- Care was taken to preserve and protect the adjoining natural wetlands. A detention pond captures storm water runoff; the water is then filtered through native grasses before returning to the wetlands.
- Landscaping emphasizes native plants that will thrive without irrigation. No permanent irrigation system was installed.
- Exterior light fixtures keep light focused downward – promoting safety for patients and staff and preventing the “skyglow” light pollution that can be harmful to wildlife.
- Overhead interior lights automatically dim on bright days. Task lighting in individual work areas allows employees to customize lighting to their needs and preferences.
- Pressure-assisted toilets reduce water consumption.
- 30.3 percent of the total building materials content (based on value) was manufactured using recycled materials. This includes steel framing, concrete, drywall, carpeting, asphalt and fiber cement siding.
- 70 percent – or 86.35 tons – of on-site generated construction waste was diverted from landfills. This included drywall, asphalt and steel.
- 28.04 percent of building materials used (based on value) were manufactured or extracted within 500 miles of the building site.
Advancing LEED Standards
The project team also contributed to research being conducted by the USGBC by sharing with the organization additional details about the building materials used. That real-world information will be used in developing the next generation of LEED standards.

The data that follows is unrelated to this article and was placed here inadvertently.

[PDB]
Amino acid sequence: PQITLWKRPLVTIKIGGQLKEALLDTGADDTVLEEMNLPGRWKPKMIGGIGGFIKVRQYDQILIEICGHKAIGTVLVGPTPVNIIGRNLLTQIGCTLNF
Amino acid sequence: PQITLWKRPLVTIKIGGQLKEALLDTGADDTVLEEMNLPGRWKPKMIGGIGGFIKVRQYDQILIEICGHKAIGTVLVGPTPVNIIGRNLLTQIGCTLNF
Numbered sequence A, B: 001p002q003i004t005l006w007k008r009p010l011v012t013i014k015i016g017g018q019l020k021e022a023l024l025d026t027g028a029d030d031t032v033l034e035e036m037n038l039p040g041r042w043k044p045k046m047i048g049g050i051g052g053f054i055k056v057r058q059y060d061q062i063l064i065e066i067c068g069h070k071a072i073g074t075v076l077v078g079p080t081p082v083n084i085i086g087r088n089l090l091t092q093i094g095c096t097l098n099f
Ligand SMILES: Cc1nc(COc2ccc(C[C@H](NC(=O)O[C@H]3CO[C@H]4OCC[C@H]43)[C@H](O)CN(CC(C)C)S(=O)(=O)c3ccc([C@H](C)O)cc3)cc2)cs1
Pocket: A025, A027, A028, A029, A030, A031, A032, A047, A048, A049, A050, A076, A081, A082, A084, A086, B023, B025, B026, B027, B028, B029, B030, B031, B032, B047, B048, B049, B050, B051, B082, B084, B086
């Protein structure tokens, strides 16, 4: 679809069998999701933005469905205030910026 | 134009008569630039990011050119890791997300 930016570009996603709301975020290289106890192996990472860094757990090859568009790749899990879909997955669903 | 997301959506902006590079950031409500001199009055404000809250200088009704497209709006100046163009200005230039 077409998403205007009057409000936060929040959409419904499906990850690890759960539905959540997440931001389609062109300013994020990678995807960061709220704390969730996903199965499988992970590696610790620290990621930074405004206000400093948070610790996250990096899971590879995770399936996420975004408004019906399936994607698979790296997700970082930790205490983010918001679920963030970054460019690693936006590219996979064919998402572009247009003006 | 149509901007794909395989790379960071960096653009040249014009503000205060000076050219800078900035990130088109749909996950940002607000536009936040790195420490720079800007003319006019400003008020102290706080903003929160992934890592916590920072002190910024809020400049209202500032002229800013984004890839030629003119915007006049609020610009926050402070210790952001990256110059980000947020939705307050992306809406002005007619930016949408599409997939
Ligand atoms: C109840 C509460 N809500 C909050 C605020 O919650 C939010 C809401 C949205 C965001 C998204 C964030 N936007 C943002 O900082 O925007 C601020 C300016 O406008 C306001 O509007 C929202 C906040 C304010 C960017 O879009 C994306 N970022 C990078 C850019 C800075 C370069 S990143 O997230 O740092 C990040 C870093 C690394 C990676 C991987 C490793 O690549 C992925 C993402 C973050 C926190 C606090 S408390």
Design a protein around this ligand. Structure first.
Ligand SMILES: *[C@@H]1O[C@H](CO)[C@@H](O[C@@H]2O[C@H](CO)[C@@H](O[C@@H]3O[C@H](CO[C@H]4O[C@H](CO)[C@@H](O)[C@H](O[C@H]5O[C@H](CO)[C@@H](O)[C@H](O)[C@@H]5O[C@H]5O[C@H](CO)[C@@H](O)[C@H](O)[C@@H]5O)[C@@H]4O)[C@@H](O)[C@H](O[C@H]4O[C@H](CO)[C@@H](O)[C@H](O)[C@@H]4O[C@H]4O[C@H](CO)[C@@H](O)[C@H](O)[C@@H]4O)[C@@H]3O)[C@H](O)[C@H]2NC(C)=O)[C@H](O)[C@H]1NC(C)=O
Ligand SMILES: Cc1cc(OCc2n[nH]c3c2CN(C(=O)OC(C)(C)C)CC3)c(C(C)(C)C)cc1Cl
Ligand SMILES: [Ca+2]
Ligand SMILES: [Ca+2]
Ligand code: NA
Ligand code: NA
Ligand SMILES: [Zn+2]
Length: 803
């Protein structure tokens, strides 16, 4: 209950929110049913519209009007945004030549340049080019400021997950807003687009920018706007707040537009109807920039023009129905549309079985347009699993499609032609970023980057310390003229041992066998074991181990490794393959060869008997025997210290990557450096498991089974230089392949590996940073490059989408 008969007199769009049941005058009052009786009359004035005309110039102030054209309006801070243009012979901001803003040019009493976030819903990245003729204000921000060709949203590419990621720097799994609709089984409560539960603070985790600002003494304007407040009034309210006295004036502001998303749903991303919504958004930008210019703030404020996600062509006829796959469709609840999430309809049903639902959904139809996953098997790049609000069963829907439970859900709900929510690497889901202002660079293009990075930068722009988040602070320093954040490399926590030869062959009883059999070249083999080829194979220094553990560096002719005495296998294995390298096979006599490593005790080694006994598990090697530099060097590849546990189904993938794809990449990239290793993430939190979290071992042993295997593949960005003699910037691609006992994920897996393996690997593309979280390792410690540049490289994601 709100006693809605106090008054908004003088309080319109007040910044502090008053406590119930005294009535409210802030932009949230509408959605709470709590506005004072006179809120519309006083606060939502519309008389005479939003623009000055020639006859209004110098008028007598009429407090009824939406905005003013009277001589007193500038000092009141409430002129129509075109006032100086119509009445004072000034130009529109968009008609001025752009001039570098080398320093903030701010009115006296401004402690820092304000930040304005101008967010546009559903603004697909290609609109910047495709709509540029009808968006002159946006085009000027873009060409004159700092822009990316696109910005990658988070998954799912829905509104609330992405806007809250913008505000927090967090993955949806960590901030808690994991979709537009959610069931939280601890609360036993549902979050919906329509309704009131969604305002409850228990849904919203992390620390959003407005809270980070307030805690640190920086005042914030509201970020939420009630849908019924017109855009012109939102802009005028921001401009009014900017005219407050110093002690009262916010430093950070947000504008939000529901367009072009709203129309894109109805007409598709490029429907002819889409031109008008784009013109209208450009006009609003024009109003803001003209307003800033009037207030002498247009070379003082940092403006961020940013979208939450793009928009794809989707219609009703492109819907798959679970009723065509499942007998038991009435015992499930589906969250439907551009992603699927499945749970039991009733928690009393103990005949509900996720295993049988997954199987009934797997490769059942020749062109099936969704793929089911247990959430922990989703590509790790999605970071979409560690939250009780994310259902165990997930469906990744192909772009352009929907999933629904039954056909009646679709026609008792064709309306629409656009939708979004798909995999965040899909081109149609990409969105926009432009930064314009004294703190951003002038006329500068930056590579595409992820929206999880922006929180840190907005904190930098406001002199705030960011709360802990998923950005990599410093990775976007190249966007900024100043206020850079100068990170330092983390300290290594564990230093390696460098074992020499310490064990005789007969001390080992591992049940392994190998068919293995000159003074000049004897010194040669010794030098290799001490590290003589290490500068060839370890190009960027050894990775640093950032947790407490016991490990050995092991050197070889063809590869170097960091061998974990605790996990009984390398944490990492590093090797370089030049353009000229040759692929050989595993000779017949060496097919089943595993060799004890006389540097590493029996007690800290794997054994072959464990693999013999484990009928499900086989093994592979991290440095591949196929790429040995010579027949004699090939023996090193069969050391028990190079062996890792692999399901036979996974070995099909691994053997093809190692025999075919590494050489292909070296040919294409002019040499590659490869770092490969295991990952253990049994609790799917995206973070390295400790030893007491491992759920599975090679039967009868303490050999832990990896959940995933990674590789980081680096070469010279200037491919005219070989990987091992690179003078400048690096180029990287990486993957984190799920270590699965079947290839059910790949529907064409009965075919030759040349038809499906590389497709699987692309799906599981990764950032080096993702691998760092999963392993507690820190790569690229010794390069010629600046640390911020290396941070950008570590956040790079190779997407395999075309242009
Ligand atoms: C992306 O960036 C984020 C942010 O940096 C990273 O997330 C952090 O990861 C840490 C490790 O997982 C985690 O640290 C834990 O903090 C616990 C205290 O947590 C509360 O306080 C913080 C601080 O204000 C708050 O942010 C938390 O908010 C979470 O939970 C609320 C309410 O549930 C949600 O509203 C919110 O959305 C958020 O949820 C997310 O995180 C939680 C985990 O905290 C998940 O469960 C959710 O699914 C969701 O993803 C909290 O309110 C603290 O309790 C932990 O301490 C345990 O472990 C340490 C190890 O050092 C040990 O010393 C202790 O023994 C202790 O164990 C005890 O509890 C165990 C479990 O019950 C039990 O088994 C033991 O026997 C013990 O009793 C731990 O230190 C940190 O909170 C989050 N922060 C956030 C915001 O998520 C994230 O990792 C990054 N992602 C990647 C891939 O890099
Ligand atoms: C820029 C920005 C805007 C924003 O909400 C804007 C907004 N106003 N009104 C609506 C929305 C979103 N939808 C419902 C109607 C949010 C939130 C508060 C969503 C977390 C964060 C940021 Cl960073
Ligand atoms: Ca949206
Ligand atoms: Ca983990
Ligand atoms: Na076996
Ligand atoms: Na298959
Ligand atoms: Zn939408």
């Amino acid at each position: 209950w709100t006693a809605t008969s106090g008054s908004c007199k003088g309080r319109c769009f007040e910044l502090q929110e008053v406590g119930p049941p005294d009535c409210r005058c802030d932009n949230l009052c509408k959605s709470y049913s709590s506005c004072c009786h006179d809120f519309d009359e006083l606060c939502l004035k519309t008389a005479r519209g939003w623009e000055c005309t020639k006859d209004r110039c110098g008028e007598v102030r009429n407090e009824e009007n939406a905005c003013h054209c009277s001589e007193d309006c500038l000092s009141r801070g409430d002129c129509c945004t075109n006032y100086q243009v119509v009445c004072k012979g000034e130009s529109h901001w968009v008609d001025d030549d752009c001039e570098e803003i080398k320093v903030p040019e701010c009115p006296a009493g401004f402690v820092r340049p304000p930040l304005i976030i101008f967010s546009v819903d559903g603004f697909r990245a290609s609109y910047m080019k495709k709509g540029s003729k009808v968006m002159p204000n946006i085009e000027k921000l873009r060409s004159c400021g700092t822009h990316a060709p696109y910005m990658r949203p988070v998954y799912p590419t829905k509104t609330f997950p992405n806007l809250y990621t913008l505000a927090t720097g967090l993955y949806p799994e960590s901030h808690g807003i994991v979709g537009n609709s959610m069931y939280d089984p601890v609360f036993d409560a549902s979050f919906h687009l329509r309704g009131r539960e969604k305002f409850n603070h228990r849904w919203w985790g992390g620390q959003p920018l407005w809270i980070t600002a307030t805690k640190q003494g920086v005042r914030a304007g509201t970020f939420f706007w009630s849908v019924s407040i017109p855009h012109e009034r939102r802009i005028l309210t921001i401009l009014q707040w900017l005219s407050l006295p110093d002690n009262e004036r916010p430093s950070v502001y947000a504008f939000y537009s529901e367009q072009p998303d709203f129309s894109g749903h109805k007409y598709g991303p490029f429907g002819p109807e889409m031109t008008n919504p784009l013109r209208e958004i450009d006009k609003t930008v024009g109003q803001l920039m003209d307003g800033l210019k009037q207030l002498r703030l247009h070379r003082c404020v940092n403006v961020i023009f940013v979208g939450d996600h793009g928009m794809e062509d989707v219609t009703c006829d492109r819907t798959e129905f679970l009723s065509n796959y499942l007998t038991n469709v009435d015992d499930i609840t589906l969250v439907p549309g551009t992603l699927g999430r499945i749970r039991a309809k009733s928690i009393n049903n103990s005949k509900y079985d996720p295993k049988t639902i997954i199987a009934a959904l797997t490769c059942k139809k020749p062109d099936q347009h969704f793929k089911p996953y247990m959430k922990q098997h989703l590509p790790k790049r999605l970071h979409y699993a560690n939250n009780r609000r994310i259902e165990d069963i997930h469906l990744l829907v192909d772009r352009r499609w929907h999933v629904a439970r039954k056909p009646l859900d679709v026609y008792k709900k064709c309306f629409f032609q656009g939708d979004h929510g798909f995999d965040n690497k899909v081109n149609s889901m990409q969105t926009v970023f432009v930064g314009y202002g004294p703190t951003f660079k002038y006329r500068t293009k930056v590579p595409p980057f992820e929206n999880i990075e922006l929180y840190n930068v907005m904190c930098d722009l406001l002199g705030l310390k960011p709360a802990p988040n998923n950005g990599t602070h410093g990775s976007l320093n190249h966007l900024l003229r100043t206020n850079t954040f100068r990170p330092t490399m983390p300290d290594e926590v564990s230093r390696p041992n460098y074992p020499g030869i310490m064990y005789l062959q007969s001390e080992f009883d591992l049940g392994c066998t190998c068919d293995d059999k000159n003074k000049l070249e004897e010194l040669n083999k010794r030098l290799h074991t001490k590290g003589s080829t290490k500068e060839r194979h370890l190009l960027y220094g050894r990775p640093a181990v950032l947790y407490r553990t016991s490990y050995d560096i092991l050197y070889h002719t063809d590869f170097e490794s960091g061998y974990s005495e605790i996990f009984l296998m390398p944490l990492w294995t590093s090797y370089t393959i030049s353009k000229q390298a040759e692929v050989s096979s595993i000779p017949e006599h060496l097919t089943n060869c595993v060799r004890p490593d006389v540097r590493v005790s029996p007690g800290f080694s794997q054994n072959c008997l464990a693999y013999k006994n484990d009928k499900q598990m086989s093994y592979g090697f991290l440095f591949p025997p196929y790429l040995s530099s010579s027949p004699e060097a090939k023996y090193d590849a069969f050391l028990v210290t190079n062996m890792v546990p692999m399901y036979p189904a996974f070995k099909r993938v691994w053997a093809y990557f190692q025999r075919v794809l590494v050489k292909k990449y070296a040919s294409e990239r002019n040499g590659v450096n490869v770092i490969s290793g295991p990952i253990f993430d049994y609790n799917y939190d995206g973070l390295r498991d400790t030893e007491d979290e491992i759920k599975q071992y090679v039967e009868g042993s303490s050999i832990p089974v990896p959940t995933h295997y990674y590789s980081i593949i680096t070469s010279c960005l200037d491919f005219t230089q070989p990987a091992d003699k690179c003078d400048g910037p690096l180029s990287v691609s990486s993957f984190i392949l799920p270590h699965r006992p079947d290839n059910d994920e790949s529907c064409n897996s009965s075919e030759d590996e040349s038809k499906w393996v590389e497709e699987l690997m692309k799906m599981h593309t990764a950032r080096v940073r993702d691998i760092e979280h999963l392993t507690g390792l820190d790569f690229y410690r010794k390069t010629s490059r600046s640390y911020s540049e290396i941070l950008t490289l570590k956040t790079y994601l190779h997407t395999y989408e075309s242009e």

“The USGBC is moving toward standards that are based on lifecycle assessment methodology, in which they look at the cradle-to-grave environmental impact of building materials, from the extraction of the raw materials to manufacturing, installation, use and eventual demolition and disposal,” Tendler said. “It’s a more scientifically rigorous assessment and a more balanced, holistic approach that provides a truer picture of a product’s impact.”
Kahler Slater’s Second LEED-certified Facility for UW Medical Foundation
The UW Health Yahara Clinic is the second LEED-certified clinic that Kahler Slater has designed for the UW Medical Foundation. The UW Health Stoughton clinic in Stoughton, Wis. received LEED Silver certification in May 2010, becoming the first health care facility in Wisconsin to be awarded LEED Silver certification.
About Kahler Slater
Founded in 1908, Milwaukee-based Kahler Slater began as a regional provider of architecture and interior design services and has grown to become a global, award-winning team of Experience Designers. With three offices in the United States and Singapore, Kahler Slater is a team of creative problem-solvers who work with visionary clients seeking better experiences and environments for themselves and the people they serve. Follow Kahler Slater online at www.kahlerslater.com and on Twitter at @KAHLERSLATER.